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"Paris Compatible" Governance: long-term policy frameworks to drive transformational change


"Paris Compatible" Governance: long-term policy frameworks to drive transformational change

A comparative analysis of national & sub-national case studies


Duwe et al. (2017) "Paris compatible" governance: long-term policy frameworks to drive transformational change. Ecologic Institute. Berlin.

Governments around the world have already adopted long-term climate frameworks, many in legal form. Many others are in the process of developing similar laws or strategies. These overarching long-term frameworks are critical to effectively implementing the Paris Agreement, as tools for managing the necessary transformation of all sectors of the economy. Such climate frameworks help set appropriate long-term targets, chart pathways towards them and identify the necessary policies. They can also help build political support, engage stakeholders and expert advice and create accountability. And they can facilitate raising ambition further — as foreseen under the new Paris system. The 13 case studies from different parts of the world all show unique features, which this report presents as examples for policy-makers and stakeholders interested in developing similar frameworks, that are compatible with the Paris Agreement.

The Paris Agreement is a landmark agreement in many respects. It signals the global consensus to take urgent action on climate change but also establishes the long-term objectives that need to be reached. The Agreement also introduces a new governance framework, that consists of nationally determined contributions, five-year review cycles to increase ambition over time, and long-term strategies. Governments at different levels realise that effectively implementing Paris requires new long-term governance frameworks to be adopted in their contexts. Climate governance is a new field of study and needs urgent attention for this Paris implementation phase. This report hopes to contribute to the growing evidence base on effective long-term governance systems and to support those policy-makers interested in developing such frameworks.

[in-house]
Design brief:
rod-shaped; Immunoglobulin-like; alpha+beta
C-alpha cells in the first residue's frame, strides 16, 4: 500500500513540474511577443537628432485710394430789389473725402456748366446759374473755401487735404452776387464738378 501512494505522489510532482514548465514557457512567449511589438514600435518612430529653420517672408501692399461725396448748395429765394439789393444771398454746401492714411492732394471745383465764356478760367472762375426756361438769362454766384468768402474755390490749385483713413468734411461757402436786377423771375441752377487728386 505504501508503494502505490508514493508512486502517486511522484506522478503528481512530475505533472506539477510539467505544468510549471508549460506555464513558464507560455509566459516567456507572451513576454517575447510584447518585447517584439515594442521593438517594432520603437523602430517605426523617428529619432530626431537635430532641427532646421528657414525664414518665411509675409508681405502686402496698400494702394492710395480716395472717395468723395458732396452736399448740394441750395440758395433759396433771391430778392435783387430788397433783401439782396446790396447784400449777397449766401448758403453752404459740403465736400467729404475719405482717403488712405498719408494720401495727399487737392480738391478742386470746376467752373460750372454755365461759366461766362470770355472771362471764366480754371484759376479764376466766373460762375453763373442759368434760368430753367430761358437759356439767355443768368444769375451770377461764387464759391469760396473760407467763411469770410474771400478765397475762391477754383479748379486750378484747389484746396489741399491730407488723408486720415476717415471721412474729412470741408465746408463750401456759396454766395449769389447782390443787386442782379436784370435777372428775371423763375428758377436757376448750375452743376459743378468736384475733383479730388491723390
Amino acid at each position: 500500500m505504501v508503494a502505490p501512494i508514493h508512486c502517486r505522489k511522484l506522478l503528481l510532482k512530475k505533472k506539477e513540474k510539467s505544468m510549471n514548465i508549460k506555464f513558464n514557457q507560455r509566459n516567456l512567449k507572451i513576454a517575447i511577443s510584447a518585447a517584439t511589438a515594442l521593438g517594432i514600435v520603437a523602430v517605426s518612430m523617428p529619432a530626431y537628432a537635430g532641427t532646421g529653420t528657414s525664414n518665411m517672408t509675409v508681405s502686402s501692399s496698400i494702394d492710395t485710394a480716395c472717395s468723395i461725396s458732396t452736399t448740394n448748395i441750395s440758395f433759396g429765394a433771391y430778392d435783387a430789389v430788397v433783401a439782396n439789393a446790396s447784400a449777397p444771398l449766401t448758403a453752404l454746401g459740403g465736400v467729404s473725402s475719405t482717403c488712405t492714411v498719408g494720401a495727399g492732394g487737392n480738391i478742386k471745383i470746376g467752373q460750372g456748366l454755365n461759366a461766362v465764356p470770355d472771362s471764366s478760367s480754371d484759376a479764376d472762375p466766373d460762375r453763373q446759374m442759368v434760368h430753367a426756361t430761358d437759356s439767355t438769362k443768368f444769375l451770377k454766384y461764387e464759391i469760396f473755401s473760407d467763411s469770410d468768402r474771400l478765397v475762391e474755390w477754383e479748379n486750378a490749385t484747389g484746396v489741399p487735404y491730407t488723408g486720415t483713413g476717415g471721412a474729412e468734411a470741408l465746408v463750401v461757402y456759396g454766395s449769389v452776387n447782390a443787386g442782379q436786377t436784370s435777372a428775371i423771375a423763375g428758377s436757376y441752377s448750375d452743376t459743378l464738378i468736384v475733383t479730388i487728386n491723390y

Mindful of the different circumstances and respective design choices, the analysis of 13 case studies (six nation states, two sub-national states and five cities) provides for a set of conclusion, which could inform the development of similar long-term climate laws and strategies around the world:

Overarching lessons

  • Momentum: governments aiming to implement Paris turn to (legal) long-term frameworks
  • Power of the law: legal frameworks can more effectively driver transformational change
  • Increasing ambition: legal frameworks can contribute to raising ambition
  • Political commitment: stakeholder ownership is key for success and needs work to achieve

Design features

  • External advice: dedicated institutions can provide expertise and transparency, need capacity
  • Mind the gap: progress monitoring should include policy reviews
  • Roadmaps to the future: short-term decisions must serve the transformation
  • Innovative elements: carbon budgets, citizen engagement, climate justice
  • Financial flows: policy specifics connect climate action to state budgets
  • Getting started: various drivers can trigger the adoption of long-term frameworks

Sub-national experience

  • City level frameworks can work well – but need support and different strategies

This analysis is part of a larger ongoing research effort which aims to enhance our understanding of the development and effective implementation of long-term climate governance that can be compatible with the objectives of the Paris Agreement. Several of the issues touched upon in this paper will be explored in deeper and more detailed analyses of the cases of the UK climate act and the French energy transition law, which is being carried out by the Grantham Institute and IDDRI, respectively.

Given the relative novelty of long-term climate governance, the present assessment is based largely on potential and not yet on measurable performance. That said, the experiences gained from more mature models provide a basis for predicting the potential impact of newer regimes.


More content from this project

Melissa Maxter
Robert Ostwald
Katharina Umpfenbach
Elizabeth Zelljadt
Mona Freundt
Jared Finnegan (LSE Grantham Institute)
103 pp.
Project ID
Table of contents
long-term climate frameworks
France, Germany, Ireland, Mexico, Sweden, United Kingdom, California, Scotland, Berlin, Bogotá, Colombia, Denver, USA, Kempten, Sydney, Australia
case study